With MyMediTravel you can search hundreds of procedures across thousands of clinics worldwide, however, we currently have no medical providers available offering Prostate Cancer Treatment procedures in Singapore.
There is no single prostate cancer treatment that can be used for everyone, but your doctor will recommend one for you which is dependent on several factors, such as the stage of the disease, your age, your general health, your personal preference, as well as how quickly the tumor is likely to grow. The main treatment for prostate cancer includes surgery, radiation, chemotherapy, and immunotherapy.
If you are generally healthy and cancer has not spread, surgery is the best option. Surgery is performed during general anesthetic and may involve removing your prostate gland and the tissue around it. Following on with radiation therapy, high-energy beams (similar to X-rays) are used to kill the cancer cells, or with chemotherapy, drugs taken by the mouth or through an IV are used to kill cancer cells and shrink the tumors. For advanced prostate cancer, immunotherapy is used to use your immune system to fight cancer.
The procedure you underwent will determine the amount of time you need to spend in Singapore. After surgery, you may need to stay for around 7 to 14 days. For chemotherapy, radiation therapy, and immunotherapy, your length of stay depends on how many cycles are needed for your specific case.
After prostate cancer surgery, most men will get back to normal within six to eight weeks, but you may be able to go back to work within 3-4 weeks. After any type of therapy, you should be able to return to work the next day or if there are no symptoms that interfere with your ability to work. Make sure to ask your doctor how long until you can resume your normal activities, including exercises and heavy lifting.
Your doctor will likely give you instructions, which may include eating a healthy, balanced diet and performing light exercises. You may also need to attend follow-up appointments with your local doctor to monitor your condition. During this appointment, make sure you tell your doctor about any symptoms you experience.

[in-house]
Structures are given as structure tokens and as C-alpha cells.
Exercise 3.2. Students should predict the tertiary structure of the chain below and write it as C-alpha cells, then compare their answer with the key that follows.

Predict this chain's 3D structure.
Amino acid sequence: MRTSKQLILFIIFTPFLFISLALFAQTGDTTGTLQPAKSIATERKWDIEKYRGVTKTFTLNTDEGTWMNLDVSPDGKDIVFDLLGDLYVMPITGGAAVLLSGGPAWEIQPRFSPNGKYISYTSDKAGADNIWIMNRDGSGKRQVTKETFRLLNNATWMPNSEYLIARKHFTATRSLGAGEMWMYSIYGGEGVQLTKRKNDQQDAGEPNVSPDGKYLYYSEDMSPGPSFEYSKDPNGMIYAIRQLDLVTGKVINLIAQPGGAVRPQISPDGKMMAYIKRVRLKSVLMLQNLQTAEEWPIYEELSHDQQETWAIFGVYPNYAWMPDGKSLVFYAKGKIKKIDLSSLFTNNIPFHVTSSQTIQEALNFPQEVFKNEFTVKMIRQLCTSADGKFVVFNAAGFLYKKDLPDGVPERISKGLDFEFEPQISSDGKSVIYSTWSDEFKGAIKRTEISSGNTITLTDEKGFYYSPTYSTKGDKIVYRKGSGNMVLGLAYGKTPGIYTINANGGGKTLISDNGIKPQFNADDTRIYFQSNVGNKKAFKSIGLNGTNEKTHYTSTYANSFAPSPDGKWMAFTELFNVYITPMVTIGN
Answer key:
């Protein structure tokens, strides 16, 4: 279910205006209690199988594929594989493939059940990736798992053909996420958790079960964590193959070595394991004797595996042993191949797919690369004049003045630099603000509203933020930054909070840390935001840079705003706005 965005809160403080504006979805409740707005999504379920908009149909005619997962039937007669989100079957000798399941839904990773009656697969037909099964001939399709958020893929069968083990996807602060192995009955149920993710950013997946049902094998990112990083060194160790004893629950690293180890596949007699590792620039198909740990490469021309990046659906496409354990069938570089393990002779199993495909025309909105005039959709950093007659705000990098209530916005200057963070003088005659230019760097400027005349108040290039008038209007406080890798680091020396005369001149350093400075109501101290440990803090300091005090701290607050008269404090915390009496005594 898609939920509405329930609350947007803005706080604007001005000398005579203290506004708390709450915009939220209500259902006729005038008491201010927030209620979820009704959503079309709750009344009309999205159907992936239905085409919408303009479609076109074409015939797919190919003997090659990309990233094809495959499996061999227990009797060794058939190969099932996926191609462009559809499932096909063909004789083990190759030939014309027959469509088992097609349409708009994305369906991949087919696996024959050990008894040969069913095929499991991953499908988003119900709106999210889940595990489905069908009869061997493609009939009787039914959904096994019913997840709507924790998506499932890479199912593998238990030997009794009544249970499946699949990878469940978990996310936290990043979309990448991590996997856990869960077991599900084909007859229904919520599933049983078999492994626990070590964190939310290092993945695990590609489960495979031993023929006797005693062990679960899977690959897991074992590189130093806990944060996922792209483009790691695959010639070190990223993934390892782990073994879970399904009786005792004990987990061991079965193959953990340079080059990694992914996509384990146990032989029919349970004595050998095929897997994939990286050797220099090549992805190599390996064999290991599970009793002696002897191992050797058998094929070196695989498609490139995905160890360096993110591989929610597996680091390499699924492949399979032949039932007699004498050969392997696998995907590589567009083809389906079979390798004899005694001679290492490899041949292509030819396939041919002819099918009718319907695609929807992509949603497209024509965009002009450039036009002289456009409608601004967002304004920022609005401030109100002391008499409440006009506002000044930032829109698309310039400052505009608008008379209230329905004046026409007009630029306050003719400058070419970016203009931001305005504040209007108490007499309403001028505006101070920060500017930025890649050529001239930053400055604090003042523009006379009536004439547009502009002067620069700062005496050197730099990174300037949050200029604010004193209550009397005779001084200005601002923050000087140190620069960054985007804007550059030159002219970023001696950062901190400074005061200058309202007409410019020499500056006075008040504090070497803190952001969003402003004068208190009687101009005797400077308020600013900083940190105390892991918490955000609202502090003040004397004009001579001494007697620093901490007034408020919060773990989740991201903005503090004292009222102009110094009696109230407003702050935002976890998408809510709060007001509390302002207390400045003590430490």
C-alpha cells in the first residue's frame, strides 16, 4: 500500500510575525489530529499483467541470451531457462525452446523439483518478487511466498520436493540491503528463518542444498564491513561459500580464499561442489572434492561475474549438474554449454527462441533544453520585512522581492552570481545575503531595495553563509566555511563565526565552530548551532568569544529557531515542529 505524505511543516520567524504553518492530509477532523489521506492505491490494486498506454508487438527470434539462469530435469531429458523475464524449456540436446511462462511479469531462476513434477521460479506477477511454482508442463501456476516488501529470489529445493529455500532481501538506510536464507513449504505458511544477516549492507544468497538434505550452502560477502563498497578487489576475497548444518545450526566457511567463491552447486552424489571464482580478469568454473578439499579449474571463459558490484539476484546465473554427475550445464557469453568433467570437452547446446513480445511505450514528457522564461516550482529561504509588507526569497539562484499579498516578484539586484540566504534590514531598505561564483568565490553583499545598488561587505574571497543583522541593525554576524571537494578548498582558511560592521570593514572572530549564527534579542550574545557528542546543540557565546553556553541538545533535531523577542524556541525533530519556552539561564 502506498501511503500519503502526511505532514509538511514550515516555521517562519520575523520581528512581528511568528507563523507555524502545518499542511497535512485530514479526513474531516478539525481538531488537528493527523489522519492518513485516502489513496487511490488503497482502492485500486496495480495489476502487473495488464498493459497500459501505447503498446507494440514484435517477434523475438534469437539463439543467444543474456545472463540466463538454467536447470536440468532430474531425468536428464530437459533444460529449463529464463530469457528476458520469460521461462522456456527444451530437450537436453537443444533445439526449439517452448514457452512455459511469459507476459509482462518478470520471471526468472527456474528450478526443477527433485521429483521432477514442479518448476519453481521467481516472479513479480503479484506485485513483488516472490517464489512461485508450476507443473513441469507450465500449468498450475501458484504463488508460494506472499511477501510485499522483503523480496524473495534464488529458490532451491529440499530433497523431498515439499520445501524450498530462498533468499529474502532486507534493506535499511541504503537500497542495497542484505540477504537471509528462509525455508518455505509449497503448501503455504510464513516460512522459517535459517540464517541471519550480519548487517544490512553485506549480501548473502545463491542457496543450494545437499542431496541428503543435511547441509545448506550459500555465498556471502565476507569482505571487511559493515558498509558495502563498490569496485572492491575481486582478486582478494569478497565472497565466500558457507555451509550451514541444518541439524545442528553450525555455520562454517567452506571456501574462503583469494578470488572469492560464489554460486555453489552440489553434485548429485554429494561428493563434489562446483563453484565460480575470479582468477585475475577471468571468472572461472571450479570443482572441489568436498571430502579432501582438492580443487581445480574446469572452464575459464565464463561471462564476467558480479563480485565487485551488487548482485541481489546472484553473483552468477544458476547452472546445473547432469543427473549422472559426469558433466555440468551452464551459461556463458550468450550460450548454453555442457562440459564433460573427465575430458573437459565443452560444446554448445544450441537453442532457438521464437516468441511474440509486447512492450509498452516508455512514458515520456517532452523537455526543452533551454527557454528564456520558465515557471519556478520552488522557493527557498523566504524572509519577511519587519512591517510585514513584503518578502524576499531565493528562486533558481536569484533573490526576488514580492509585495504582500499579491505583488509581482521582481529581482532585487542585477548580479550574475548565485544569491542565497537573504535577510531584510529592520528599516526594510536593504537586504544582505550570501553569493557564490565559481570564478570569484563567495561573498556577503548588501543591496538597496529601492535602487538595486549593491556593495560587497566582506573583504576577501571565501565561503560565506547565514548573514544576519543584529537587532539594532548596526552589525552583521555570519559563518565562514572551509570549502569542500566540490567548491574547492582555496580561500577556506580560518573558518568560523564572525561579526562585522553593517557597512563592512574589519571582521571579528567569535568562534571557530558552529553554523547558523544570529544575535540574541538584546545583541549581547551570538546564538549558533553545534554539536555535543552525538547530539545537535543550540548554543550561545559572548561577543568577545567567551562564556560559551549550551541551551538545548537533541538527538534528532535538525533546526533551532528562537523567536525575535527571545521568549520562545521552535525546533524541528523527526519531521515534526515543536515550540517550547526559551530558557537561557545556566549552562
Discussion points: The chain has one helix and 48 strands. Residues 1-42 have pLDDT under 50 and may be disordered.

The 5-year survival rate is nearly 100%, but if the prostate cancer has spread to other parts of the body, the survival rate is significantly reduced to 30%. These treatments carry side effects and risks of complications, such as infection, bleeding, fatigue, hair loss, feeling sick, diarrhea, lower sex drive, erectile dysfunction, bowel problems, and inability to get a woman pregnant.
If you prefer not to undergo any of the treatments mentioned above because of the side effects or your personal reasons, you can discuss with your doctor what your alternatives are. For early prostate cancer, you may undergo cryotherapy or cryosurgery. If your condition does not cause any symptoms, your doctor may suggest active surveillance.
Prostate cancer can be life-threatening, spread to other organs, and cause painful symptoms. After treatment, any symptoms should be relieved and the risk of your cancer spreading to other parts of your body will be greatly reduced. Although there is no sign of cancer in your body anymore, your doctor will not say ‘cured,’ instead, they may say you are in remission.
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